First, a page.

uBiome and Keene State College to Study FPIES, a Serious Illness Affecting Infants

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Microbial genomics leader uBiome is partnering with Keene State College, New Hampshire for ground-breaking research into a chronic infant health condition called Food Protein Induced Enterocolitis Syndrome (FPIES). FPIES is a type of food allergy which affects the gastrointestinal tract, causing a delayed reaction that can include severe vomiting and diarrhea.

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Because it is so new, it is frequently misdiagnosed or completely missed. Most doctors I speak with believe that the prevalence is likely much higher. This emphasizes the need for epidemiological data to better understand this condition.

uBiome, the leading microbial genomics company, has announced a partnership with Keene State College in New Hampshire to study a little-understood health condition that affects infants worldwide. Food Protein Induced Enterocolitis Syndrome (FPIES) is a type of severe food allergy that is not detectable through standard food sensitivity tests. uBiome will sequence the bacterial DNA of fecal samples collected from babies with FPIES as well as from a control group of healthy babies to look for possible microbial markers and associations.

Families interested in participating will find details here:


The Keene State College team is led by its Assistant Professor of Health Science, Dr. Jeanelle Boyer, a microbiologist and mother of a two-year-old daughter who has been diagnosed with FPIES. Dr. Boyer’s daughter has reacted to almost every food with a variety of allergic symptoms, including diarrhea, mucous and blood in the stool, eczema, severe acid reflux, abdominal pain, and one episode of severe vomiting until shock. uBiome will apply high-throughput next generation DNA sequencing technology to generate detailed analysis of the infants’ microbiomes.

The microbiome is the term for the ecosystem of trillions of bacteria which coexist in and on the human body. Many of the bacteria found in the microbiome play crucial roles in supporting life. For example, gut bacteria aid with digestion and the synthesis of vitamins. Pathogenic bacteria, however, are associated with a range of conditions, some very serious, such as celiac disease, inflammatory bowel disease - including both Crohn’s disease and ulcerative colitis, irritable bowel syndrome, esophageal reflux and esophageal cancer, Clostridium difficile infection, colorectal cancer, and many others.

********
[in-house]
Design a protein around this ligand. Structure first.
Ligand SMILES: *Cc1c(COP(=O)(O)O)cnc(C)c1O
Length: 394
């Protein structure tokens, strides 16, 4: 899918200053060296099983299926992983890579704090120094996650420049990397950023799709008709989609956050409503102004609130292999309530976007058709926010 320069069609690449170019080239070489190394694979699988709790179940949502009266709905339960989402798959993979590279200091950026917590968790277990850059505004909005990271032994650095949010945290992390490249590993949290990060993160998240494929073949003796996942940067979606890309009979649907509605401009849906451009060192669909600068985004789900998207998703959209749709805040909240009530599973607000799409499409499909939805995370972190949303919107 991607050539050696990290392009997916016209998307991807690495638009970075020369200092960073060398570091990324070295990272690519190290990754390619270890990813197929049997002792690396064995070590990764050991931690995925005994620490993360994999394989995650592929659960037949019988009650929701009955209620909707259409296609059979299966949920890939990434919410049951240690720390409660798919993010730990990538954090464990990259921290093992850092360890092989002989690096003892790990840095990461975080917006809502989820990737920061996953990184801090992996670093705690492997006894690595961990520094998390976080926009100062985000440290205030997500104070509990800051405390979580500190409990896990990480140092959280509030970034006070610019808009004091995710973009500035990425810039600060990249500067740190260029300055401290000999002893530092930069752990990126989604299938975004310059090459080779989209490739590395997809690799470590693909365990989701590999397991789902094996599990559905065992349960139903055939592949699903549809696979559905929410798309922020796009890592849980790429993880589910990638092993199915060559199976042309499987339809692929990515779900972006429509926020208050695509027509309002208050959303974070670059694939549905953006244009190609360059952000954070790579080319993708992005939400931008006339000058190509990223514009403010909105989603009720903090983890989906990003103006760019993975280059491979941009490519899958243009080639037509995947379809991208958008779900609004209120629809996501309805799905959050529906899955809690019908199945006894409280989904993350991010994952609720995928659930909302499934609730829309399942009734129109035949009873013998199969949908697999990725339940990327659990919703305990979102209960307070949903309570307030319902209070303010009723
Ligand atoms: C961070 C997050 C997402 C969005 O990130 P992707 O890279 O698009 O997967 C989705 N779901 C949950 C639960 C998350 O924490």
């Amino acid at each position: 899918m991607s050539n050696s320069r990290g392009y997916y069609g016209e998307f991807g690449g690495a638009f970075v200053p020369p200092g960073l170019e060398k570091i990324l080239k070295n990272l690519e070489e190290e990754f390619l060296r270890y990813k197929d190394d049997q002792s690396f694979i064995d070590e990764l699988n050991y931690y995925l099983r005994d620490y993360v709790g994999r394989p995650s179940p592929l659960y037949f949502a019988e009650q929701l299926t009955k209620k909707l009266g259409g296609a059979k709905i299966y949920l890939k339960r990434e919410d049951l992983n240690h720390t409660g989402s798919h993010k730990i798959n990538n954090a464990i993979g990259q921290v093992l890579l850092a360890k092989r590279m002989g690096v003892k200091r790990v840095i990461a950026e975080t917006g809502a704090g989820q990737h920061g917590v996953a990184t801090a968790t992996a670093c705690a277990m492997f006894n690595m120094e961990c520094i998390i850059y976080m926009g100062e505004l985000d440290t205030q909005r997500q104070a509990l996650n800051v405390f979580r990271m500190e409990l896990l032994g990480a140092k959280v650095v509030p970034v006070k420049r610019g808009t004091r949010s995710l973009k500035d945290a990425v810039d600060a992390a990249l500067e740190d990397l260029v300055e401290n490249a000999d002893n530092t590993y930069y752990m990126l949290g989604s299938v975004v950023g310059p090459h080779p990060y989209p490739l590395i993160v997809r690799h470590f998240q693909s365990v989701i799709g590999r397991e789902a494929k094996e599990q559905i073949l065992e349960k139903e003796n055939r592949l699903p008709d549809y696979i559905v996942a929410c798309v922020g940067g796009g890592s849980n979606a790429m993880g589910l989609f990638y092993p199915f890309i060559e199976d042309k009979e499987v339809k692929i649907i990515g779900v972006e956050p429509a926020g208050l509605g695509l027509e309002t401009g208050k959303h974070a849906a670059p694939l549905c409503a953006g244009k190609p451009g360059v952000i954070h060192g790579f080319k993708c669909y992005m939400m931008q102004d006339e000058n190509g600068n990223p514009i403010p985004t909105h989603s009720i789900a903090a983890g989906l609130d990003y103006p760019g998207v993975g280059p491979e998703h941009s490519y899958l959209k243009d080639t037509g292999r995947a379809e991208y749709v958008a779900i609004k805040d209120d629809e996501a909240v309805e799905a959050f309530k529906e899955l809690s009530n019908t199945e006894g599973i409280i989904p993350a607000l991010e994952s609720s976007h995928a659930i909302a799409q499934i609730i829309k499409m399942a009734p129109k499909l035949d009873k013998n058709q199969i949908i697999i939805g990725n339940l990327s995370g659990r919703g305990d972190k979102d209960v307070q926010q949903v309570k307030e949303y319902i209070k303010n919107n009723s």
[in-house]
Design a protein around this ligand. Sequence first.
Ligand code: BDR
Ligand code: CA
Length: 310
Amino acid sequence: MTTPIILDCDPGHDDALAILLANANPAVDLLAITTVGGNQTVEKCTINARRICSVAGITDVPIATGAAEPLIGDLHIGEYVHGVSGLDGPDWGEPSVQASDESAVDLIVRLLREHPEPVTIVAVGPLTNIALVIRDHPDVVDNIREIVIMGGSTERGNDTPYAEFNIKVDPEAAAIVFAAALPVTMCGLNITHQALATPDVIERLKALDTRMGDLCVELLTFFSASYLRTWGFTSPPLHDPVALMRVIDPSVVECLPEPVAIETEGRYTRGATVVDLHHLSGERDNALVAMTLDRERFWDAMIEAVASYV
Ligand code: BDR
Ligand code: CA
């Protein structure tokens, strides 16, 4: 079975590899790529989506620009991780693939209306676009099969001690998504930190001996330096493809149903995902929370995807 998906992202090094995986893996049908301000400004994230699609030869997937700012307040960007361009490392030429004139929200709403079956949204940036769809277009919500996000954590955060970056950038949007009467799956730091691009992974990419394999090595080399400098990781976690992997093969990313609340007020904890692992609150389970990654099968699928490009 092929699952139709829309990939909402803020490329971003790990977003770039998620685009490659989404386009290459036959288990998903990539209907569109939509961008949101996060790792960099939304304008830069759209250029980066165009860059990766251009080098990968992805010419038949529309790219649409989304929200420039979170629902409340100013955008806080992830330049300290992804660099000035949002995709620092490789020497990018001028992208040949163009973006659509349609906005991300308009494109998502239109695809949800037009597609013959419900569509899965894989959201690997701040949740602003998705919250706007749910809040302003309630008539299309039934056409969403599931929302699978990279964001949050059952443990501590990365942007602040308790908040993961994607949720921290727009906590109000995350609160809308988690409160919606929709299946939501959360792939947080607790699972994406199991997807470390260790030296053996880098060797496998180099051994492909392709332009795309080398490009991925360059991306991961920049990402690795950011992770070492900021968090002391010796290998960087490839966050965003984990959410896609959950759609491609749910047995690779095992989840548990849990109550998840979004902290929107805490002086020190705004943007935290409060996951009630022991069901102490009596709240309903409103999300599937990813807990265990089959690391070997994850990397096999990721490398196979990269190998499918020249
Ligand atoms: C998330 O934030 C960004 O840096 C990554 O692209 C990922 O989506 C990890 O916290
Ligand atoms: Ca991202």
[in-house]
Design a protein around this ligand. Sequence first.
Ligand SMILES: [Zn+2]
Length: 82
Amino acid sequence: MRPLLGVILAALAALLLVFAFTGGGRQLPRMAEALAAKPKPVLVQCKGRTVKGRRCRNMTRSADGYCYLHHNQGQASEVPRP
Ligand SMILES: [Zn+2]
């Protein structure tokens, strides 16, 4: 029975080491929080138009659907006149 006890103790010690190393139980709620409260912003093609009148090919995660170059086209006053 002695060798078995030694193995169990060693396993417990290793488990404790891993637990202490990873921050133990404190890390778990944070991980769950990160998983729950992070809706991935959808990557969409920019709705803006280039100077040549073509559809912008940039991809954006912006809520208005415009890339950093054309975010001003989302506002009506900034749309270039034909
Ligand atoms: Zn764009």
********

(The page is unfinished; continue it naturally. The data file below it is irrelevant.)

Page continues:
Researchers at The Children’s Hospital at Westmead in Australia estimate the prevalence of FPIES as being one in 10,000 infants who are less than 2 years of age. Yet, the disease has only recently been defined. According to Dr. Boyer, this disease is currently under-researched: “Because it is so new, it is frequently misdiagnosed or completely missed. Most doctors I speak with believe that the prevalence is likely much higher. This emphasizes the need for epidemiological data to better understand this condition.” The cause of FPIES is unknown and there is no cure for this disease.

Dr. Boyer received funding for this study from the FPIES Foundation who, as well as providing funding for family and community awareness, education, and outreach initiatives, seeks to support professional efforts exploring diagnosis and management. The study is recruiting families with babies under the age of 12 months who are free of antibiotic usage for the past month. It is seeking babies with physician-confirmed FPIES, as well as those who are allergy-free.

Dr. Boyer of Keene State College says: “It’s hard for me to explain the stress of having a baby who is allergic to almost all food. I often joke that this sweet angel of a baby chose me as a mother because of my background in microbiology and nutrition. I know all too well that FPIES is a poorly understood disease which has a profound impact on families all over the world. With the uBiome partnership, we have a really good chance of making discoveries that could change the lives of so many.”

Jessica Richman, co-founder and CEO of uBiome, says: “We were incredibly moved by Dr. Boyer’s story when we heard about her study, so we didn’t hesitate to offer our support. It must be heartbreaking to discover that your baby can’t tolerate the food you give her. This study sits perfectly with our mission to support science wherever it is performed.”

Dr. Zachary Apte, CTO and co-founder of uBiome adds: “uBiome’s advanced methods mean that all a parent needs to do is swab their baby’s diaper, then send us the swab in the mail. In this study, parents will help us build the big picture, but we’ll also give each participant a full breakdown of the composition of their baby’s microbiome.”

Details of the uBiome/Keene State College study are here:


uBiome was launched in 2012 by scientists and technologists educated at Stanford and UCSF after a crowdfunding campaign raised over $350,000 from citizen scientists, around triple its initial goal. The company is now funded by Andreessen Horowitz, Y Combinator, and other leading investors.

uBiome’s mission is to use big data to understand the human microbiome by giving users the power to learn about their bodies, perform experiments, and see how current research studies apply to them.

Julie Taylor

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